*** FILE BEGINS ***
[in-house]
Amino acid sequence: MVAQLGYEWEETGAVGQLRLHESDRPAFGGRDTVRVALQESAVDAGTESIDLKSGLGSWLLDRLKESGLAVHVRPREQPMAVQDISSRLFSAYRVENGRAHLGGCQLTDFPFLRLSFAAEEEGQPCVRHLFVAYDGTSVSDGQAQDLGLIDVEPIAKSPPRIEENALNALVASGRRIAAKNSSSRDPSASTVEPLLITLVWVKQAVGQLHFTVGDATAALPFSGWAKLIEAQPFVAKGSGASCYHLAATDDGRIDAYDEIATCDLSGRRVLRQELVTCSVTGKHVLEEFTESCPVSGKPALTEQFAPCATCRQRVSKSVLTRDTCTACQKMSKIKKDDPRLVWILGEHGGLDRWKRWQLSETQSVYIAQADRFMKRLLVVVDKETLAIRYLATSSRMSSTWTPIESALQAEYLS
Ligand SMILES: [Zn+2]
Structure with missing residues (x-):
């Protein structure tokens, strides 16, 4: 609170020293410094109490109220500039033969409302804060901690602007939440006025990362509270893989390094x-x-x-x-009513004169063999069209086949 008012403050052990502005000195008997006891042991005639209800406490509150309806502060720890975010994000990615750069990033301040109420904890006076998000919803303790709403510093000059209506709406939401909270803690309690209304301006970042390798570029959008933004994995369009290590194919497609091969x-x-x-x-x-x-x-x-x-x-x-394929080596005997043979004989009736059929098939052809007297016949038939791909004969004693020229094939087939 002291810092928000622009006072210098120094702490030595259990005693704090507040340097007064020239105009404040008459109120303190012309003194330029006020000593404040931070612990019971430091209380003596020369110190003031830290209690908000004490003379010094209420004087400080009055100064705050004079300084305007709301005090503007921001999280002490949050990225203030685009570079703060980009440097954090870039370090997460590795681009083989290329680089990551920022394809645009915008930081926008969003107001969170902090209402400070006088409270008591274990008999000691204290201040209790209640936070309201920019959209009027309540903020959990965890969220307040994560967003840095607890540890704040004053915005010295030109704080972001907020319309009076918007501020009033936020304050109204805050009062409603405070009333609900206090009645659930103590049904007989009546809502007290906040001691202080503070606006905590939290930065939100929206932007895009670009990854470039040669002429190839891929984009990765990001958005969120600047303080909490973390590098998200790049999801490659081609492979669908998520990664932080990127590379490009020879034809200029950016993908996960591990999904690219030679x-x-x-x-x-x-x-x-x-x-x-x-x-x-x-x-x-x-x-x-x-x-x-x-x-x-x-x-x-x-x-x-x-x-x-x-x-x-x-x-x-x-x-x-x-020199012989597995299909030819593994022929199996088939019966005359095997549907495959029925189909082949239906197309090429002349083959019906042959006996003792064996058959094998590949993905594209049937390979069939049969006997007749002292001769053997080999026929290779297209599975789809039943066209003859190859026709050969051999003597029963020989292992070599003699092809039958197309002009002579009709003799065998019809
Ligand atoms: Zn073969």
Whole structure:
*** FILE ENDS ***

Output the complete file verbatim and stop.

[in-house]
Amino acid sequence: MVAQLGYEWEETGAVGQLRLHESDRPAFGGRDTVRVALQESAVDAGTESIDLKSGLGSWLLDRLKESGLAVHVRPREQPMAVQDISSRLFSAYRVENGRAHLGGCQLTDFPFLRLSFAAEEEGQPCVRHLFVAYDGTSVSDGQAQDLGLIDVEPIAKSPPRIEENALNALVASGRRIAAKNSSSRDPSASTVEPLLITLVWVKQAVGQLHFTVGDATAALPFSGWAKLIEAQPFVAKGSGASCYHLAATDDGRIDAYDEIATCDLSGRRVLRQELVTCSVTGKHVLEEFTESCPVSGKPALTEQFAPCATCRQRVSKSVLTRDTCTACQKMSKIKKDDPRLVWILGEHGGLDRWKRWQLSETQSVYIAQADRFMKRLLVVVDKETLAIRYLATSSRMSSTWTPIESALQAEYLS
Ligand SMILES: [Zn+2]
Structure with missing residues (x-):
């Protein structure tokens, strides 16, 4: 609170020293410094109490109220500039033969409302804060901690602007939440006025990362509270893989390094x-x-x-x-009513004169063999069209086949 008012403050052990502005000195008997006891042991005639209800406490509150309806502060720890975010994000990615750069990033301040109420904890006076998000919803303790709403510093000059209506709406939401909270803690309690209304301006970042390798570029959008933004994995369009290590194919497609091969x-x-x-x-x-x-x-x-x-x-x-394929080596005997043979004989009736059929098939052809007297016949038939791909004969004693020229094939087939 002291810092928000622009006072210098120094702490030595259990005693704090507040340097007064020239105009404040008459109120303190012309003194330029006020000593404040931070612990019971430091209380003596020369110190003031830290209690908000004490003379010094209420004087400080009055100064705050004079300084305007709301005090503007921001999280002490949050990225203030685009570079703060980009440097954090870039370090997460590795681009083989290329680089990551920022394809645009915008930081926008969003107001969170902090209402400070006088409270008591274990008999000691204290201040209790209640936070309201920019959209009027309540903020959990965890969220307040994560967003840095607890540890704040004053915005010295030109704080972001907020319309009076918007501020009033936020304050109204805050009062409603405070009333609900206090009645659930103590049904007989009546809502007290906040001691202080503070606006905590939290930065939100929206932007895009670009990854470039040669002429190839891929984009990765990001958005969120600047303080909490973390590098998200790049999801490659081609492979669908998520990664932080990127590379490009020879034809200029950016993908996960591990999904690219030679x-x-x-x-x-x-x-x-x-x-x-x-x-x-x-x-x-x-x-x-x-x-x-x-x-x-x-x-x-x-x-x-x-x-x-x-x-x-x-x-x-x-x-x-x-020199012989597995299909030819593994022929199996088939019966005359095997549907495959029925189909082949239906197309090429002349083959019906042959006996003792064996058959094998590949993905594209049937390979069939049969006997007749002292001769053997080999026929290779297209599975789809039943066209003859190859026709050969051999003597029963020989292992070599003699092809039958197309002009002579009709003799065998019809
Ligand atoms: Zn073969």
Whole structure: